'Only wealthiest will be able to afford solar panels'
Solar and wind power will be unaffordable to all but the "wealthiest homes" it was claimed yesterday after the Government cut the maximum grant for their installation by 83 per cent.
In a move that prompted warnings of job losses in the renewable power industry, the Trade and Industry Secretary Alistair Darling disclosed yesterday that householders installing green energy would be able to make a total claim of £2,500. Previously, they had been able to apply for a grant of £15,000; comprised of £10,000 for a PV solar panel system and £5,000 for a wind turbine.
The sharp cut was criticised for conflicting with Labour's commitment to a low-carbon economy. Demand had been so high for the Low Carbon Buildings Programme that its monthly allocation of money was taken up within minutes, prompting the suspension of the scheme in March.
In the latest controversy to hit the scheme, Mr Darling announced it would be restarted at the end of this month without the monthly cap on applications. But it emerged the maximum household grant would be capped at £2,500. The cuts come despite Gordon Brown raising funding for the scheme by 50 per cent to £18m at the last Budget.
Mr Darling said the renewable power industry had "tremendous potential" in the low-carbon economy. He added: "This grant scheme is designed to maximise carbon savings, demonstrate potential and help the sector become more commercially competitive in the long term."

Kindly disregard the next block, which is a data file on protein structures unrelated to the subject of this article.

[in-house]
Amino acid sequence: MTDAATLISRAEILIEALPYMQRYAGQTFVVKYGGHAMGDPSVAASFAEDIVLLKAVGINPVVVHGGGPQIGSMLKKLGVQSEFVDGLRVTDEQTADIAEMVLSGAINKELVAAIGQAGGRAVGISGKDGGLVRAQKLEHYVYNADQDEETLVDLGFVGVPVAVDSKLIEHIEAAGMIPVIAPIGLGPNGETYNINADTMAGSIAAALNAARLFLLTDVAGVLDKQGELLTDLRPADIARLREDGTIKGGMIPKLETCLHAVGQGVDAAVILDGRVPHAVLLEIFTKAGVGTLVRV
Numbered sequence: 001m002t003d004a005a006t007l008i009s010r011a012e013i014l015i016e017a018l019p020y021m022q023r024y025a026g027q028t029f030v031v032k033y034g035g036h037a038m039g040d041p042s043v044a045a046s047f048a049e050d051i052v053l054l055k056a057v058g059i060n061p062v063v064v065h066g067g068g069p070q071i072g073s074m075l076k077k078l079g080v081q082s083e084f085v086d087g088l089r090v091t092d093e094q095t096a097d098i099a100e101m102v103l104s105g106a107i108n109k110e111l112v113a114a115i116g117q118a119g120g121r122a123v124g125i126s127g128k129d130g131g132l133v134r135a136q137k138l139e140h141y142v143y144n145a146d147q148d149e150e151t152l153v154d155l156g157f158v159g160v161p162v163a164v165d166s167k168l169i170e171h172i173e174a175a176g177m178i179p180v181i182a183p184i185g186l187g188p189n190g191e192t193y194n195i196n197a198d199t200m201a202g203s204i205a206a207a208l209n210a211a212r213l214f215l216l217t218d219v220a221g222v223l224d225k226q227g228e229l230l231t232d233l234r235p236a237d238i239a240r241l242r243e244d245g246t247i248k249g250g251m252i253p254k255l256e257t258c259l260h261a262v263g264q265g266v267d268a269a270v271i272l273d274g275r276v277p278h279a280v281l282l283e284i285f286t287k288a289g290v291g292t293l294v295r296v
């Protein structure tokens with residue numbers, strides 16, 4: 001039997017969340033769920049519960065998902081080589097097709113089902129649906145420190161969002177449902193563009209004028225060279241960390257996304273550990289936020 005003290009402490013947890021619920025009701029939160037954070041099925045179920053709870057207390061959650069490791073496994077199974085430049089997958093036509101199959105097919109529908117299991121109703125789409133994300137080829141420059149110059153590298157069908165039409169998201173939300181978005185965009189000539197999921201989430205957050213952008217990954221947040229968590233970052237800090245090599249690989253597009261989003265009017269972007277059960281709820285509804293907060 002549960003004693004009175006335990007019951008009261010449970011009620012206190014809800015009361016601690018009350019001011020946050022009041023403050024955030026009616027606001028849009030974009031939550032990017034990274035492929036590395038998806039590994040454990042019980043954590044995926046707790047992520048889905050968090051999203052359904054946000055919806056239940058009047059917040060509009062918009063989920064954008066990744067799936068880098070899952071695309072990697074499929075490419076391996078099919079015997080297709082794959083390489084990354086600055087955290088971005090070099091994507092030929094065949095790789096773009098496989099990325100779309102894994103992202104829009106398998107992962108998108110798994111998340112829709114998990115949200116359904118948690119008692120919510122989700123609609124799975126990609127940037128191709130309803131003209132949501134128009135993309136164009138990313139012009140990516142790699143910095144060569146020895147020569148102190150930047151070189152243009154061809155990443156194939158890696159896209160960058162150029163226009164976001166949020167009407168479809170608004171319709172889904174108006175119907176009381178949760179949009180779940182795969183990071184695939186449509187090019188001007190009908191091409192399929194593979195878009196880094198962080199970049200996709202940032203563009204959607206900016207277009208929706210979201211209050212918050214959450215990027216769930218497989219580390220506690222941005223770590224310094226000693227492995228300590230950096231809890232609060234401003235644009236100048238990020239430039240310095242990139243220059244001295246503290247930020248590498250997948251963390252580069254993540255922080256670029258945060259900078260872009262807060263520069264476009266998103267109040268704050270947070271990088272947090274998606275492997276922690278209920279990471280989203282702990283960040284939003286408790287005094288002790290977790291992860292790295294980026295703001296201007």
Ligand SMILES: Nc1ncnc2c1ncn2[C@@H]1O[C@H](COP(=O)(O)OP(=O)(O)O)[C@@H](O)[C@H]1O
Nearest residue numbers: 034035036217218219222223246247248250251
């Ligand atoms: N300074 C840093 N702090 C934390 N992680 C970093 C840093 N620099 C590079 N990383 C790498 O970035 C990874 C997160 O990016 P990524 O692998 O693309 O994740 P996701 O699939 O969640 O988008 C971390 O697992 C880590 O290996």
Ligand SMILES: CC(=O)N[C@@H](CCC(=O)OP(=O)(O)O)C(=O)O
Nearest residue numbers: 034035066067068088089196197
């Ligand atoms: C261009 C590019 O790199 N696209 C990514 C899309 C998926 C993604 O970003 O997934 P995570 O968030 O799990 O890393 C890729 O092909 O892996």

But environmentalists and the microgeneration industry were furious. Both warn that Britain lags far behind other European countries on renewable power. Dave Timms, the economics campaigner for Friends of the Earth, described the modified grant scheme yesterday as, "woefully inadequate".
He said: "The public want to cut their emissions but the Government has failed to provide the funding to help them do this."
The Renewable Energy Association estimated that the cost to the customer of an average solar photovoltaic system would soar by more than 60 per cent.
Philip Wolfe, the chief executive, said: "While it is good news that the programme will be back up and running, this scale-back makes a nonsense of the extra funds from the Chancellor and of the Government's ambition to bring on-site power to the people."
He said from now on the cap meant renewable electricity would be unaffordable to, "all but the wealthiest households".
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